Wading through the sewer.. of financing, that is

Big Sky County Water and Sewer District 363 releases bid proposal and figures out funding

Conjecture and contingency plans were at the forefront of a recent Big Sky County Water and Sewer District 363 (BSCWSD) board meeting. Board members seek to navigate the complications of financing a sizable district project amidst the challenges of COVID-19.

Big Sky’s water treatment facility will be going from standard to state of the art with a complete technology overhaul and also an expansion. This move will open up creative water disposal options and further protect the Gallatin River. The bid proposal for Big Sky’s projected $41 million Water Resources Recovery Facility (WRRF) upgrade and expansion was released via unanimous BSCWSD board approval. It is an atypical move to release a bid proposal before financing is fully ironed out, but timing is essential, particularly with large, complicated projects, Scott Buecker, project manager with AE2S said.

If all goes as planned, the project is set to be completed by the Fall of 2022.

Now in the late stages of figuring out financing, financial officer Terry Smith said they initially believed State Revolving Fund, which provides communities with low-cost financing for water quality infrastructure projects, was going to completely finance the project.

“What we have learned in the last month is that’s not the case. As a result, we are going to need more time,” he told the board. The basic financing part can be done in 30 days, but the more tedious bond work to be completed by the district’s bond council as well Glacier Bank’s council will likely take 90 days, he explained.

“As a result, we are going to need to use the district’s funds for the first part of the project,” he said.

Based on the engineer’s analysis, $5.5 million will be needed by June 30, 2021.

“Today, we have $3.3 million in plant investment money available and approximately $8 million in sewer reserves. So, the district does have the financing…to fund the project based on the engineer’s schedule through June 30 without having our bond money available,” he said.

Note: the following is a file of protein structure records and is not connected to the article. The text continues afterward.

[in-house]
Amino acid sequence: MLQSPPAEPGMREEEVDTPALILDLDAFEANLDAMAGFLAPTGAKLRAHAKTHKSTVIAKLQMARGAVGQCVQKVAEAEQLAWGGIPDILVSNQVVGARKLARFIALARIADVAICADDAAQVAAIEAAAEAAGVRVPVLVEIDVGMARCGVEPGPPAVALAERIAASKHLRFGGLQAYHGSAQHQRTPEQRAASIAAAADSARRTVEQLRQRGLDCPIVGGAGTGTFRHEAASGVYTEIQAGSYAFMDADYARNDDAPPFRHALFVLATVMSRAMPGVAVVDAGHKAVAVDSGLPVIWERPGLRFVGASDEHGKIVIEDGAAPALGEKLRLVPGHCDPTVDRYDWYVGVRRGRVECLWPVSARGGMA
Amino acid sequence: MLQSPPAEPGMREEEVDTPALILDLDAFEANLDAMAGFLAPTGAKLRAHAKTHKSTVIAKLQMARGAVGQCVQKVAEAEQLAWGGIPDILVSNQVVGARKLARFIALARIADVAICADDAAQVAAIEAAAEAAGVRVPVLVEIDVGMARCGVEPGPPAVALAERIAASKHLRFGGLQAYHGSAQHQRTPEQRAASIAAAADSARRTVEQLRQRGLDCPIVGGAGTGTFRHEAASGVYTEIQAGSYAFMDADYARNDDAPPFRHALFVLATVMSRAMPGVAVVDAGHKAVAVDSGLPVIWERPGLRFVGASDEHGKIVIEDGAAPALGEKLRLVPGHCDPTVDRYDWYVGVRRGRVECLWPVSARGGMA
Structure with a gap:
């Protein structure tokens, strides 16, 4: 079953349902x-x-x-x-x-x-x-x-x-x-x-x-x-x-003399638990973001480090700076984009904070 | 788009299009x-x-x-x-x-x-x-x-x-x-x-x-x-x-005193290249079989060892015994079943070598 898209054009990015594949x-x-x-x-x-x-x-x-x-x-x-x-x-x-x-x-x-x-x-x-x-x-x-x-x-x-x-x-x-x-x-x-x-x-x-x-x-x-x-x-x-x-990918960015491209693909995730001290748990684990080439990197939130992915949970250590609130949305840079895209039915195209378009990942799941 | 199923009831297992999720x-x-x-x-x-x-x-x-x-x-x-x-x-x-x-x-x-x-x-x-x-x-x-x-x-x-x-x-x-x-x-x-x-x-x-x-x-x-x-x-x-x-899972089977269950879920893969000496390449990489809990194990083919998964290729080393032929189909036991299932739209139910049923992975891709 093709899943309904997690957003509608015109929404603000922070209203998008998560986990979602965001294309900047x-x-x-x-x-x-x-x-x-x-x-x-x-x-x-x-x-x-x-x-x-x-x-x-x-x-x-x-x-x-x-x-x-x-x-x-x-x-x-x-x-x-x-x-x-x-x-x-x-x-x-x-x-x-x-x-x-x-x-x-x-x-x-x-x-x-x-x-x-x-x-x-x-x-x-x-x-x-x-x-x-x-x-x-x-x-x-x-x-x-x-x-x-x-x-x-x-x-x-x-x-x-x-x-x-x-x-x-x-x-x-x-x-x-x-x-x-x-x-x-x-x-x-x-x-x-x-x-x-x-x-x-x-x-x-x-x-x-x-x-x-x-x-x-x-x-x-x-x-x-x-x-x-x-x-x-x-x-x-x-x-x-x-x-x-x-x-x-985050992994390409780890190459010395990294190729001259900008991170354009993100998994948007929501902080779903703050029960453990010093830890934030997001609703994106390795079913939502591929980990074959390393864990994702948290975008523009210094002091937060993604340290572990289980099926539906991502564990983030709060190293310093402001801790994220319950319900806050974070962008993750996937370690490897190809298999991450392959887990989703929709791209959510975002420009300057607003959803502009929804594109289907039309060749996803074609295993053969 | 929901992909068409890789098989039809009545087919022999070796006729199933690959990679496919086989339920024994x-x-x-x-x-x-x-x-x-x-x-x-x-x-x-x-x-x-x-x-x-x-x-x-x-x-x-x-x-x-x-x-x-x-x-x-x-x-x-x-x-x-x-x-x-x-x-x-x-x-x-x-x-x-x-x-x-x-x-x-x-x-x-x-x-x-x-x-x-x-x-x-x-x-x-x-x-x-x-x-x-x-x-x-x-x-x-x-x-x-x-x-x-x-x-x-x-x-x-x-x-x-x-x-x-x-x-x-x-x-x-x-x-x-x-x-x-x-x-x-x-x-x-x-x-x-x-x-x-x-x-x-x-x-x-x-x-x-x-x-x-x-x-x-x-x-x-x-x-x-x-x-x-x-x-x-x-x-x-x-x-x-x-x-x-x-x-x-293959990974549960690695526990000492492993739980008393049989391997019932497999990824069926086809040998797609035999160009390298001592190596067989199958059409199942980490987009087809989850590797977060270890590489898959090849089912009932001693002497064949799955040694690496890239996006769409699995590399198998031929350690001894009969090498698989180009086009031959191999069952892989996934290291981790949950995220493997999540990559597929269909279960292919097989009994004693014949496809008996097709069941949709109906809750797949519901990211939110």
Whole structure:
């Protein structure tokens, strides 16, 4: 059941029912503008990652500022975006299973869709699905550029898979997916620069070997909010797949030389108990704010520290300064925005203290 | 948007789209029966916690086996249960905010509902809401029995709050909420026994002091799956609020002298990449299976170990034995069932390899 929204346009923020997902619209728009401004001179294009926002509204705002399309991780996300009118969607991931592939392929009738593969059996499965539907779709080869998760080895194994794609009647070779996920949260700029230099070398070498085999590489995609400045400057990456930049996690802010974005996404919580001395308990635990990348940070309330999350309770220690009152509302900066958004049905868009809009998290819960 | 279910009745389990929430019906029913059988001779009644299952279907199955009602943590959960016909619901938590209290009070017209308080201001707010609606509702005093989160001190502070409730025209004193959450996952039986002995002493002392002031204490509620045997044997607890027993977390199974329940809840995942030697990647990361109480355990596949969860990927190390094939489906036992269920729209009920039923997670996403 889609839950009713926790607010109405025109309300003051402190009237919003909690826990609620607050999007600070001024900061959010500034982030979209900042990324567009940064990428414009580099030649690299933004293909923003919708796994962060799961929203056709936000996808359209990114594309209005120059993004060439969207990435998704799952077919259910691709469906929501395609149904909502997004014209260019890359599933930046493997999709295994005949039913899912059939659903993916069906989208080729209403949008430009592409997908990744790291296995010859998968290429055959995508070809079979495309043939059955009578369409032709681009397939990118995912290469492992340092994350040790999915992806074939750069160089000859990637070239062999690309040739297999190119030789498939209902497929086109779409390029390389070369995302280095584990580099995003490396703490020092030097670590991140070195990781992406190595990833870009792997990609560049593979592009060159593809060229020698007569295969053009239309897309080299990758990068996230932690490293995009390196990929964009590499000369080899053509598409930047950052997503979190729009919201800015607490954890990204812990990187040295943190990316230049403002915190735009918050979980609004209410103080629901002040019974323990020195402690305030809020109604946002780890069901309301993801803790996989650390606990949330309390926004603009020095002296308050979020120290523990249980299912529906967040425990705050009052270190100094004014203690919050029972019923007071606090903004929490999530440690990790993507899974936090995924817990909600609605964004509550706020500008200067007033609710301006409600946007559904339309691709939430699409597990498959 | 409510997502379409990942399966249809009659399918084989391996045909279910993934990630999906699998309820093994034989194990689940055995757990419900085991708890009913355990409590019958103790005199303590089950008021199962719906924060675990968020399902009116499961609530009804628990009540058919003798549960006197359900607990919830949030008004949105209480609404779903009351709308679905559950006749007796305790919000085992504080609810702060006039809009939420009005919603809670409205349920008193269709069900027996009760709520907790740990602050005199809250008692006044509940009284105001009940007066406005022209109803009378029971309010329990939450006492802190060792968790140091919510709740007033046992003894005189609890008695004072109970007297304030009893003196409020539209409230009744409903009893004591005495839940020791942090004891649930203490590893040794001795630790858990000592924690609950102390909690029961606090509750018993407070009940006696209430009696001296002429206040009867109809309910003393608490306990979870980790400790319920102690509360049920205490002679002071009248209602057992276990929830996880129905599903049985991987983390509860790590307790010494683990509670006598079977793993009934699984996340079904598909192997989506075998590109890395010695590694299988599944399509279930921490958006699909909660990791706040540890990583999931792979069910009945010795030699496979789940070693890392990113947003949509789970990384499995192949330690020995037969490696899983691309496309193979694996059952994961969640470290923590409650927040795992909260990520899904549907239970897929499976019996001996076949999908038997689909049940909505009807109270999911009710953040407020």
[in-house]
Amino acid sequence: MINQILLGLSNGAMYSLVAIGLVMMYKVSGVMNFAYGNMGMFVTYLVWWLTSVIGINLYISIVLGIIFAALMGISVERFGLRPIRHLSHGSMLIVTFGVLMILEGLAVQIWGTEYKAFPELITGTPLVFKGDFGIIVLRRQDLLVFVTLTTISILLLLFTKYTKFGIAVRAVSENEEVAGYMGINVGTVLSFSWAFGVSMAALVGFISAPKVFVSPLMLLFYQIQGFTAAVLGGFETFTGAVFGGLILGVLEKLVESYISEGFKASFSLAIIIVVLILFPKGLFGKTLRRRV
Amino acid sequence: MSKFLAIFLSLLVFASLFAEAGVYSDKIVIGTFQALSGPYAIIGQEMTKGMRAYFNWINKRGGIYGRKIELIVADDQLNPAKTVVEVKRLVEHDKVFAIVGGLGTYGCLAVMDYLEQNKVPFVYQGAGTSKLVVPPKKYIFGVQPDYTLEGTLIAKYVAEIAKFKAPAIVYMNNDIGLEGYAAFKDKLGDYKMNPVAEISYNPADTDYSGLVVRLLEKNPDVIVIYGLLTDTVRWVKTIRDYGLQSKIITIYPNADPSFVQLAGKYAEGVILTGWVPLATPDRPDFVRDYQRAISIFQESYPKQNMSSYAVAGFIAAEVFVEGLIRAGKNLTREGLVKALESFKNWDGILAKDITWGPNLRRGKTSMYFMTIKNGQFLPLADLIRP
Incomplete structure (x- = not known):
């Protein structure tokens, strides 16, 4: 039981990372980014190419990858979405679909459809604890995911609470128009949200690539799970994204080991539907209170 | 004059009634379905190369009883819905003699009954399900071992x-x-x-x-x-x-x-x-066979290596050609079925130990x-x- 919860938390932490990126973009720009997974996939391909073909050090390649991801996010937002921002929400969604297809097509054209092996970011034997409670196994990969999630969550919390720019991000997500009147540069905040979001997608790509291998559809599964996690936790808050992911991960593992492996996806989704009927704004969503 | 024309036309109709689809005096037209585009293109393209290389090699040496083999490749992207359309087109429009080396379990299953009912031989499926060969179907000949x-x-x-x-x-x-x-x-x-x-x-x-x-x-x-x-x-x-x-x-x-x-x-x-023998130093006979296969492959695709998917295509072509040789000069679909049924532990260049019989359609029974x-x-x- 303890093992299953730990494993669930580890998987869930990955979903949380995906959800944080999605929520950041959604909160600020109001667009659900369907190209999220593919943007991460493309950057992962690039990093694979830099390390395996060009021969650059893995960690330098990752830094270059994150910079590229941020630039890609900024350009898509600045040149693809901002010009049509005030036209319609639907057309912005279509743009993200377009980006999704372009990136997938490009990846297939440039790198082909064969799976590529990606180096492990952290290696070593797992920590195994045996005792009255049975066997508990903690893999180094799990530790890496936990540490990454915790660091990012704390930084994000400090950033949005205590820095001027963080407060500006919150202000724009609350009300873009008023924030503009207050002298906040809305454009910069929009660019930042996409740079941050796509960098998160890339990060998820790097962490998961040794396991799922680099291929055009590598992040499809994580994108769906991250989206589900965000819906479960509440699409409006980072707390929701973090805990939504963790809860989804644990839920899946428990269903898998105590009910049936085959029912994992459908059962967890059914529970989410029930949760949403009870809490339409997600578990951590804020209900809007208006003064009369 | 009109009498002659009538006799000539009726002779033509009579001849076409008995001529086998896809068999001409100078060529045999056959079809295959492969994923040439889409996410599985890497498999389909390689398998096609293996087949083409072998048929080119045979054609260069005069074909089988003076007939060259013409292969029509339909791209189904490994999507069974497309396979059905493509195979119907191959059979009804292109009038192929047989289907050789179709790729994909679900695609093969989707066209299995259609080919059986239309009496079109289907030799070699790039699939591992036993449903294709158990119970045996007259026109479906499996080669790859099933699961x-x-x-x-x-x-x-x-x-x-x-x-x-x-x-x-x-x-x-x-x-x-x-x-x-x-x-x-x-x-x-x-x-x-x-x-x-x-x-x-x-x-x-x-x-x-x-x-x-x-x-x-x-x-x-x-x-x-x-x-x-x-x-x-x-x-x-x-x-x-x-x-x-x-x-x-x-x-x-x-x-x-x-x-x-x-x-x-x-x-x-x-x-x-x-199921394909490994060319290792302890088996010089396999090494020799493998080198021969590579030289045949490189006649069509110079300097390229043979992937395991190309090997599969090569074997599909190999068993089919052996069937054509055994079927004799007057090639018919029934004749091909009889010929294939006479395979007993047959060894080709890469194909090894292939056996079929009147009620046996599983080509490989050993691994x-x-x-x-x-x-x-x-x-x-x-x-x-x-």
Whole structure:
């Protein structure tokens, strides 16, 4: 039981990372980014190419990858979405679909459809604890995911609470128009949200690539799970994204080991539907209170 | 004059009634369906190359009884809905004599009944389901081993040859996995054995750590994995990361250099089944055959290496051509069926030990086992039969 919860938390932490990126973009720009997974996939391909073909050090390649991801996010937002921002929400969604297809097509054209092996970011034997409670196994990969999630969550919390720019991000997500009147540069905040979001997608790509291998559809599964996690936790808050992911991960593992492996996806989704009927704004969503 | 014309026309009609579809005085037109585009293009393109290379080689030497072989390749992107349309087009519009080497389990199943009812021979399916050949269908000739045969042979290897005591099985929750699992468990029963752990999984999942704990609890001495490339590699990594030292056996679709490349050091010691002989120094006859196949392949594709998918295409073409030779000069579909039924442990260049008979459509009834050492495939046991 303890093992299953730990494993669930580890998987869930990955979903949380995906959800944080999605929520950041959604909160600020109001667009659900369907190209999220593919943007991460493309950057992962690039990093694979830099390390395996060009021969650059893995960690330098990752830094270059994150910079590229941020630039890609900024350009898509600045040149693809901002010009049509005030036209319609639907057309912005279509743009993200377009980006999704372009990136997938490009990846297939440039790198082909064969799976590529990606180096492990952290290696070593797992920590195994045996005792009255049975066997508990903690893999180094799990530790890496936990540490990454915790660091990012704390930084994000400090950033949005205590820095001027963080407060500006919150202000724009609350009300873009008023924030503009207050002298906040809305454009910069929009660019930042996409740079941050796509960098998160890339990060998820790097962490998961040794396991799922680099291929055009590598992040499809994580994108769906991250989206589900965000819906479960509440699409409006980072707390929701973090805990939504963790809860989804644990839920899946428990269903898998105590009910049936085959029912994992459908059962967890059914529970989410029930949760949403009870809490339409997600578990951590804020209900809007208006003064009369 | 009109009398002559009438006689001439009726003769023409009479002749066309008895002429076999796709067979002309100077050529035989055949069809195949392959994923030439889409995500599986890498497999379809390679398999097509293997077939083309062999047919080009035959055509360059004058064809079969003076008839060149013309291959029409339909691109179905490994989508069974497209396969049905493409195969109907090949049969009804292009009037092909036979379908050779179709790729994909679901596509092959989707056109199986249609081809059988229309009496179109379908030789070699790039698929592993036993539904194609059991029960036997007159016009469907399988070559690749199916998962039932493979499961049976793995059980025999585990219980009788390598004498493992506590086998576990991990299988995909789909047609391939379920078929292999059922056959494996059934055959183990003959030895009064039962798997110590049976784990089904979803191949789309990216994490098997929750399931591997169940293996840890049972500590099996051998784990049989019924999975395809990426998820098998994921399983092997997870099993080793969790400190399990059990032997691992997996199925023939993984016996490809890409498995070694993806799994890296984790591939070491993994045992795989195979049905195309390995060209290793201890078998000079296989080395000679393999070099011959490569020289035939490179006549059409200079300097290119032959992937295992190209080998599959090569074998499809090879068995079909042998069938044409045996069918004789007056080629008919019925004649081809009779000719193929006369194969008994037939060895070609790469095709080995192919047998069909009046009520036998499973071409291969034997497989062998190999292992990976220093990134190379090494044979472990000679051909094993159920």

Smith expects to get all the financing puzzle pieces in place by the end of March by working with Glacier Bank and with SRF “which puts us in a good position in financing this project.”

Board chair Tom Reeves inquired about what would happen if the bond funds were delayed past June 30.

“We would run into problems after June 30, 2021. I’m comfortable saying we can finance it through June 30, 2021 but no further than that,” Smith said. At that point, the district would have to look to short-term lending mechanisms.

Also helping fund the project is the voter approved 1% resort tax for infrastructure to total $27 million. Resort tax is dependent on tourism, so the board wanted assurances that the funds would be there. Smith noted a conversation with Big Sky Resort Area District Executive Director Daniel Bierschwale in which Bierschwale noted that all resort tax projections have been conservative.

“We do have the financial wherewithal at this point with resort tax revenue,” Smith said.

He recommended extending the cashflow out to a 12-year plan as “the best and safest way to manage the cash flow from that 1% and have the money available for the canyon project that the district is tasked with doing as well as the MBR plant.”

The canyon project he refers to is the new canyon district being formed which will pave the way for centralized treatment and eliminate an assortment of septic systems that treat to a lesser degree. The 1% from resort tax was contingent upon the district helping bring higher quality water treatment to a portion of the canyon.

In all the talk of potential stopgaps for financing if the bond funds are delayed or if the resort has to shut down due to COVID-19 and the 1% resort tax funds prove lacking, board member Dick Fast suggested that some of the bigger stakeholders in the community who stand to benefit substantially from the WRRF upgrade might kick toward the project. That suggestion was initially met with a few beats of silence.

“If we can’t deliver the funds, we may have to stop, slow down. I don’t think the development community would like that,” board member William Shropshire said.

Board member Mike DuCuennois also said it was a worthwhile suggestion and “another arrow in our contingency plan.” He suggested that Smith might begin compiling a list.

“Covid is not going to be here forever, the resort is not going to be shut down for five years,” DuCuennois said, and noted the board just needs to consider short-term bridges.

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